As a result of all this, little children might now be scared to eat off their melamine plate fearing that little bits might get on the food.

  9. robertguyton says:

    New Zealand children are eating off melamine plates! My God! Tracey, you must treat this information with the GREATEST CARE!

  10. TraceyS says:

    “The damage to New Zealand’s reputation after chemical residues were found in milk can be built back through increasing organic production.”

    Any damage could be avoided by instead “slamming” the scaremongers. But has any damage been recorded? Numbers please, not assumptions. Maybe it’s too early to tell.

    “commitment to chemical free milk” What a laugh. See previously made comments by David Winter slamming AgResearch claims that they are working on a “chemical-free” biopesticide. Shame on Steffan Browning for stretching the truth and for using an unfortunate situation as an opportunity for commercial influence.

  11. TraceyS says:

    It was a joke, Robert :)

    But I did give up using melamine plates a while back when they went funny in the microwave. There are some things that shouldn’t go in the microwave.

    I suggest that we all give our melamine plates to the Occupy Movement to throw around in public places. They could then recycle them from one protest to another instead of wasting plates each time.

  12. JC says:

    Remind me how many people died after eating organically grown spouts in Germany last year?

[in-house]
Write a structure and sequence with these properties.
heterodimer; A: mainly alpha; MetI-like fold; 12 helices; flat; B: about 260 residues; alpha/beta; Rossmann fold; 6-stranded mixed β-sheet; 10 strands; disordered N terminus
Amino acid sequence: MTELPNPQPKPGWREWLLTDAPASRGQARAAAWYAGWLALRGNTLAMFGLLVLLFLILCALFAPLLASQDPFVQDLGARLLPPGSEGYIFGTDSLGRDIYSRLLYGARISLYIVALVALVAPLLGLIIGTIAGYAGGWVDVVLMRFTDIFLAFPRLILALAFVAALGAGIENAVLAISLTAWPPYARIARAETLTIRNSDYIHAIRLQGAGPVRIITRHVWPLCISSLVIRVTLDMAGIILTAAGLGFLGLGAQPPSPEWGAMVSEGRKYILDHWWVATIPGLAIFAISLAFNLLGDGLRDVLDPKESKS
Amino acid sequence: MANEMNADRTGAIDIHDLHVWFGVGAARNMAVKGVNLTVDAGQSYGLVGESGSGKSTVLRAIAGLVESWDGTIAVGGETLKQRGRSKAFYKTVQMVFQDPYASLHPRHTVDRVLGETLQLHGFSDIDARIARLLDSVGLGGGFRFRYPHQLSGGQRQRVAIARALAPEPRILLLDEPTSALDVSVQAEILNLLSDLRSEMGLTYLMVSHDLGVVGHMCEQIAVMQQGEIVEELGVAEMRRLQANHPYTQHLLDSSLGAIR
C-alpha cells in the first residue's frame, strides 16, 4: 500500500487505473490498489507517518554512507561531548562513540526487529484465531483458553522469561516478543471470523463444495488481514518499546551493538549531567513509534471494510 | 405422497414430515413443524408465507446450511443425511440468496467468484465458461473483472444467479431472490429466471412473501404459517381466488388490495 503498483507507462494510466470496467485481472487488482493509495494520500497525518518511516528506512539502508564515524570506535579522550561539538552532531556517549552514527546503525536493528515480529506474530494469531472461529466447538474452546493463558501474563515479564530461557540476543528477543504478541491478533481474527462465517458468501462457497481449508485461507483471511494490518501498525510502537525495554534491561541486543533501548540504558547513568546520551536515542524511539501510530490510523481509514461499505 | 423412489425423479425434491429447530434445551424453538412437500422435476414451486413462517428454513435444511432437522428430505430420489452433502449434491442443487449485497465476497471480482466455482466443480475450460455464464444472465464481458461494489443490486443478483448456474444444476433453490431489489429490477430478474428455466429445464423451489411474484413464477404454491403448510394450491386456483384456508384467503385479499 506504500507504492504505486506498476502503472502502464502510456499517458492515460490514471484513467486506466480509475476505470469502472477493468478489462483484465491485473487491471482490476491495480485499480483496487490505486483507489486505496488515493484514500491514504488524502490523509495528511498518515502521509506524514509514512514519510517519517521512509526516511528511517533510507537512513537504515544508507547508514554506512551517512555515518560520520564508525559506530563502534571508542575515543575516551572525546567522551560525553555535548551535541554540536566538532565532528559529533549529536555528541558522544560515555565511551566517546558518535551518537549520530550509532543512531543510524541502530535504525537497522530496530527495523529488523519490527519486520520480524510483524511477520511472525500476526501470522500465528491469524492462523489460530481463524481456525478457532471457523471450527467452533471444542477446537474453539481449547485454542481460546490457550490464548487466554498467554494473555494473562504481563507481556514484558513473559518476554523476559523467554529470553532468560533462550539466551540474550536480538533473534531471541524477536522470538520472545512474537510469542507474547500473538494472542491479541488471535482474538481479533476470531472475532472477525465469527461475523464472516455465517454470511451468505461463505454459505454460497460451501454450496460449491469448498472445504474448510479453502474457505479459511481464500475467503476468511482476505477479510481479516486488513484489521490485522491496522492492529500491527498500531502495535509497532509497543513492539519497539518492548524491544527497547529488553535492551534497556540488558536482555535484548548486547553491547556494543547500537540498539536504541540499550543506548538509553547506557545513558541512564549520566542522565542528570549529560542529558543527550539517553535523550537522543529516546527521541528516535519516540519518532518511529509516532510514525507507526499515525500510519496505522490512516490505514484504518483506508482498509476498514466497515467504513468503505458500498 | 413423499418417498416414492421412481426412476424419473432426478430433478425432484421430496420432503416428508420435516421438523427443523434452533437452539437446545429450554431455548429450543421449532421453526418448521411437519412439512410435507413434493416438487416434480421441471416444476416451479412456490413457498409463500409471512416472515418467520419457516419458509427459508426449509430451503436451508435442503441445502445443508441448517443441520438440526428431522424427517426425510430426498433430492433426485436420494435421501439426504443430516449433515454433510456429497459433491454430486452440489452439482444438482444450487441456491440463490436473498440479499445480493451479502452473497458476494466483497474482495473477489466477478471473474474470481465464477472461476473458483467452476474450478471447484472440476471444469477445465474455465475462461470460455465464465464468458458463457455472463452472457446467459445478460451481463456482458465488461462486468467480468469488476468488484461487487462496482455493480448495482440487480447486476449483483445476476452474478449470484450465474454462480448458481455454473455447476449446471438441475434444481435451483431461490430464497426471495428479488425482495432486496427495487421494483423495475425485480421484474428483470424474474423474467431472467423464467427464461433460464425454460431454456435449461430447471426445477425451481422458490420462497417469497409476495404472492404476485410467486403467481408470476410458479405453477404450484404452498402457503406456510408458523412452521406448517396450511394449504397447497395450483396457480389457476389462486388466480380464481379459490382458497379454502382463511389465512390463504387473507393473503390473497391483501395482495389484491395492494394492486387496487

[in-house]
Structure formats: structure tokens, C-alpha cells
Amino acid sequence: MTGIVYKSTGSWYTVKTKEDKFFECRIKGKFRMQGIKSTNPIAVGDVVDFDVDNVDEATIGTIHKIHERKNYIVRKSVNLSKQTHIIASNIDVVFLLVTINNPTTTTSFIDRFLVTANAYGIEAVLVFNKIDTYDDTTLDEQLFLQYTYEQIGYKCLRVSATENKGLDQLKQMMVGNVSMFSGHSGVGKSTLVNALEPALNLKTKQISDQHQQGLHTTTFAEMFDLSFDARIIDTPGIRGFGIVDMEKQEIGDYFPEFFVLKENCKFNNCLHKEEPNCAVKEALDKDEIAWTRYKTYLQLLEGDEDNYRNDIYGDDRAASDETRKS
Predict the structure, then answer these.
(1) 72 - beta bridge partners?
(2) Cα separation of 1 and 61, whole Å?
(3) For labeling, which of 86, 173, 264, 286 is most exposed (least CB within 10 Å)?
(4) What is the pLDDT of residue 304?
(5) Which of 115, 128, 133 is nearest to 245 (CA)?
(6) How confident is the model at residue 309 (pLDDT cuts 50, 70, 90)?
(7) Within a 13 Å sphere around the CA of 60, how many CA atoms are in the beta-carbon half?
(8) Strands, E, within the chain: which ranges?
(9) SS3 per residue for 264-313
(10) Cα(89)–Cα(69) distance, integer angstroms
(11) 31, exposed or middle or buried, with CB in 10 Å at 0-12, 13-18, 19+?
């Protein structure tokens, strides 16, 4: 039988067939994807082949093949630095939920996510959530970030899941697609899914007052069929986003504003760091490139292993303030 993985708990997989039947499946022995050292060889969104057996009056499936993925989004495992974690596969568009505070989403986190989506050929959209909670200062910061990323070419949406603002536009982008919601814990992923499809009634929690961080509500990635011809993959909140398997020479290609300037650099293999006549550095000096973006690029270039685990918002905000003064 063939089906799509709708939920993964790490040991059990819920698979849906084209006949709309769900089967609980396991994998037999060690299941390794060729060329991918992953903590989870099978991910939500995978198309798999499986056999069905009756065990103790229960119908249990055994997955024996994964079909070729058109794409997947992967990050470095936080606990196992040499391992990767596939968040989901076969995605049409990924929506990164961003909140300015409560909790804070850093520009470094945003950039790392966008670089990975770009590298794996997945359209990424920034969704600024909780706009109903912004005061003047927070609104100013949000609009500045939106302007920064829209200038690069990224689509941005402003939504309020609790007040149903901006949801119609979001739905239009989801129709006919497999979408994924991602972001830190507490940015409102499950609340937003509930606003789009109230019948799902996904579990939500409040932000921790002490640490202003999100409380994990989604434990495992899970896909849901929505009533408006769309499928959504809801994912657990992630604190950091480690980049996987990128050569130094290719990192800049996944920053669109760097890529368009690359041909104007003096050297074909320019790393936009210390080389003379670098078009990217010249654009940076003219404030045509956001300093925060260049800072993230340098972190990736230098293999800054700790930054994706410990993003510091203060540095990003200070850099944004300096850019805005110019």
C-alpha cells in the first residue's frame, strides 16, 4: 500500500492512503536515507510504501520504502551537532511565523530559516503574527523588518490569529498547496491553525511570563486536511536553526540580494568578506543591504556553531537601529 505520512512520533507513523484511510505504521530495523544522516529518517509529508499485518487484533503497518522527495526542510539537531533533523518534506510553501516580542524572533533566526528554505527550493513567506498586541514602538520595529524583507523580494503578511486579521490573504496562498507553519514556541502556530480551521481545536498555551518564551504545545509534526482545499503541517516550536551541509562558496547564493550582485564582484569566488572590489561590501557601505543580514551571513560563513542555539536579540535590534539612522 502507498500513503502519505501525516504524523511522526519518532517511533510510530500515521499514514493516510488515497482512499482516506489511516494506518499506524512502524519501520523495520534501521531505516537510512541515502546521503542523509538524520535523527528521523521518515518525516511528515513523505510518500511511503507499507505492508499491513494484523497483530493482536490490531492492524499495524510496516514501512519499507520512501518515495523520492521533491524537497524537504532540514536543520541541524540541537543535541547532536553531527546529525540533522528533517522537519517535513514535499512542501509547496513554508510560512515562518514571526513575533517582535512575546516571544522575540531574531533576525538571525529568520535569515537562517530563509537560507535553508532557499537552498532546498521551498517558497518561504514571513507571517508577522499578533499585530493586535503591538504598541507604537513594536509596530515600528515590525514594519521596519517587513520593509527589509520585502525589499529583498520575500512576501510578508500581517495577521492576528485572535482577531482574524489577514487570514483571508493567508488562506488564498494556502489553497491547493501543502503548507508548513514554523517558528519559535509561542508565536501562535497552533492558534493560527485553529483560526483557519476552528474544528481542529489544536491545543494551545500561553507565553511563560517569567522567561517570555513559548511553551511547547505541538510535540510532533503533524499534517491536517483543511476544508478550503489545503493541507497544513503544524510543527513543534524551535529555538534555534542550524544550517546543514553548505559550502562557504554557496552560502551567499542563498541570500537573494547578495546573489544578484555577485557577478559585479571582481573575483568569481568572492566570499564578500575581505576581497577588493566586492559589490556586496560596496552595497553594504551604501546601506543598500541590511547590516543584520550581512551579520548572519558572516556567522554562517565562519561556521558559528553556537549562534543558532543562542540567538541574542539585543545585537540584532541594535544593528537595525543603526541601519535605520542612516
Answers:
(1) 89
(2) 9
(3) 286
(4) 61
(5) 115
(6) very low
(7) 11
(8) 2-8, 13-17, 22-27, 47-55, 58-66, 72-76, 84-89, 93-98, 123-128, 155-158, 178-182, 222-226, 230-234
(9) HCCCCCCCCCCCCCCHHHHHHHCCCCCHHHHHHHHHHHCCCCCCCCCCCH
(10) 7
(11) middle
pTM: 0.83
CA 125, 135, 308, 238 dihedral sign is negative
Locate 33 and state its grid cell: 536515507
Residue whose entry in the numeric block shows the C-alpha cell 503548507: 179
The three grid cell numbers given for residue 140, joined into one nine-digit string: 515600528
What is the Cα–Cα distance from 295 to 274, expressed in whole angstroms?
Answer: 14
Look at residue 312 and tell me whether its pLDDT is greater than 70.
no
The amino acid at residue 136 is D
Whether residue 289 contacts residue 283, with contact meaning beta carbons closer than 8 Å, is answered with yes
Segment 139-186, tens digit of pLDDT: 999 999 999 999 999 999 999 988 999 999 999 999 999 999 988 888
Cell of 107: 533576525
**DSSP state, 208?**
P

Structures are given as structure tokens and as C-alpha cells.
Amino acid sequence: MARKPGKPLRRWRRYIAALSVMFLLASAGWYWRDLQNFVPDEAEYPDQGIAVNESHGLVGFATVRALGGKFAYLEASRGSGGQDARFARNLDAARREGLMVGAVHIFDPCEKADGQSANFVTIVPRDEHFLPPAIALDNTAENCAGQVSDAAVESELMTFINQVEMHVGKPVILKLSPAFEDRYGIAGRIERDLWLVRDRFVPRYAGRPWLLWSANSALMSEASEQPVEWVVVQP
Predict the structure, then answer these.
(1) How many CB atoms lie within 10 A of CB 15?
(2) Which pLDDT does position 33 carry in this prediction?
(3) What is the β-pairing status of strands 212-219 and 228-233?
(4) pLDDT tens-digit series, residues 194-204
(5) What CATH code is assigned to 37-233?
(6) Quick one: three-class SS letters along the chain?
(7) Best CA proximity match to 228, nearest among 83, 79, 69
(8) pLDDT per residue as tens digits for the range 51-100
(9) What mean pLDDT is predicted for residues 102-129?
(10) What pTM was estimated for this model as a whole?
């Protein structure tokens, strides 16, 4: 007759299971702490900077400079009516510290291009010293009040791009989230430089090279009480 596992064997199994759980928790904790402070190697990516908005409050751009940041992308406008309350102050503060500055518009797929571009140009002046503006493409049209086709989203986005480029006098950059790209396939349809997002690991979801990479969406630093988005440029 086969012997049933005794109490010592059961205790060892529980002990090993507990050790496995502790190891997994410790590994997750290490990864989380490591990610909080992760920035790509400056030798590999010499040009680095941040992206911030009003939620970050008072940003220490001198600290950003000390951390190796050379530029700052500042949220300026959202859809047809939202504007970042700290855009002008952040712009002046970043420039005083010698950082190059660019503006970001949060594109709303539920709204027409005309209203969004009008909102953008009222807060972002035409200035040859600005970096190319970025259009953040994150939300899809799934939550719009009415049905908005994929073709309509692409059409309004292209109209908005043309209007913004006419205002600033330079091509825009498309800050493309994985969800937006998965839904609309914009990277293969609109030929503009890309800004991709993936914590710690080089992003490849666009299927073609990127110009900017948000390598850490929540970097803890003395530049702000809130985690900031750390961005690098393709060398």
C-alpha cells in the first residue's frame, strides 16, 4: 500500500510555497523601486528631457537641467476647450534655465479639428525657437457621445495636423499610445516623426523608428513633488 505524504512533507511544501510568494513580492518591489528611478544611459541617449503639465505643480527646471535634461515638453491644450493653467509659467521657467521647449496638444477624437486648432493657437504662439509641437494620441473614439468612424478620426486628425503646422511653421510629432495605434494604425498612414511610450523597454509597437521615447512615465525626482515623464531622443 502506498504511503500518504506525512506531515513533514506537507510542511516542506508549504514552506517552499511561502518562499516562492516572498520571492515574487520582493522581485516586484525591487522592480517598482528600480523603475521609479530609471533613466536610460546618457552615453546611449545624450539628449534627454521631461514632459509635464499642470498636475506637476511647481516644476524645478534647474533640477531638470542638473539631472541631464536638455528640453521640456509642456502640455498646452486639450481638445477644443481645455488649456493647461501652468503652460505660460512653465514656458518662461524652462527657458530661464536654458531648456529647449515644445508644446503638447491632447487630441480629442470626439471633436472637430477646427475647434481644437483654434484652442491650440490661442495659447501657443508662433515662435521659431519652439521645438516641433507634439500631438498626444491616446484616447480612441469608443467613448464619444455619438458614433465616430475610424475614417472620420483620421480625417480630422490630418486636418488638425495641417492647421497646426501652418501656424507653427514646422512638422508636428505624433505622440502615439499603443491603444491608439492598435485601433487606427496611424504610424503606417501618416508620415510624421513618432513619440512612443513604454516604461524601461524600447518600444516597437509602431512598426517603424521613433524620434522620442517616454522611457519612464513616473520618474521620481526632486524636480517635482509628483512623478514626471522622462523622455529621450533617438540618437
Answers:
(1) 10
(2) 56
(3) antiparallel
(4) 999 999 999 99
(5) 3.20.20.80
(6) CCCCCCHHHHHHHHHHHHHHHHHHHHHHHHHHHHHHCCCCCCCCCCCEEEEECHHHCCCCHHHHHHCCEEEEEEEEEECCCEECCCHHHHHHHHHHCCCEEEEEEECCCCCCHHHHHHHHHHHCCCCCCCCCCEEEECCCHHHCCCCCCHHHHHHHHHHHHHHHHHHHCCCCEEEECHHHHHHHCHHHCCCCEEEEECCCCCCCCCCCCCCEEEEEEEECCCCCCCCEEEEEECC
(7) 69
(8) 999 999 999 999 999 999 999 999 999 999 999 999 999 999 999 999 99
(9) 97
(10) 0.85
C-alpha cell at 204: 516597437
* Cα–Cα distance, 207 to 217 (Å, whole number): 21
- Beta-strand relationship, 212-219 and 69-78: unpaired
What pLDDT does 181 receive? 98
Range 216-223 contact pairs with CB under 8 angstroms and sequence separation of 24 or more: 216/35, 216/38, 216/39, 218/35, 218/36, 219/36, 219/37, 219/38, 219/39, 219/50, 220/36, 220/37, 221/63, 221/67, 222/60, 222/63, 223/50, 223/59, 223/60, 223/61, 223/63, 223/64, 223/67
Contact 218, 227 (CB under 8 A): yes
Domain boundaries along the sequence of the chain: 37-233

JC

  13. robertguyton says:

    Remind me, JC, of how Dave Kennedy is an elite politician with two houses and a parliamentary salary?
    Tracey, you’ve a knee-jerk reaction to organics that negates anything you might want to say about it. Do some reading, visit an organic grower. Learn something new. Browning says that organic dairy farmers won’t be caught out by something like this “DCD” scare, because they don’t risk their market by applying synthetic chemicals like those to their pastures. It’s a sound safeguard against the very thing that has happened here – a “chemical scare” that has the conventional dairy industry scrambling to cover it’s rump. You won’t get a DCD scare from the organic producers and you won’t get a melamine scare from them either. Admit it – organics is cleaner and safer. Fonterra smothered organic dairying and have now stepped in some dairy muck that only affects their conventional producers.

  14. TraceyS says:

    Oh Robert I have visited plenty of organic growers, and spent years reading articles on organic growing. The problem for you is that I read much more widely than that and therefore have a more balanced perspective than yourself. Call me “knee-jerking” if you wish, but it just shows your ignorance.

    Organic farmers are allowed to use some synthetic chemicals, albeit limited in scope. Want to guess where most of them are manufactured? I’ll spell it backwards so as not to alarm anyone – anihc. Every chance that there will be some trace contamination at some point in the future. If organics wanted to avoid the risk altogether then they should avoid ALL manufactured inputs. To suggest organic produce is immune from industrial contamination is very misleading. Go home Robert.

  15. Mr E says: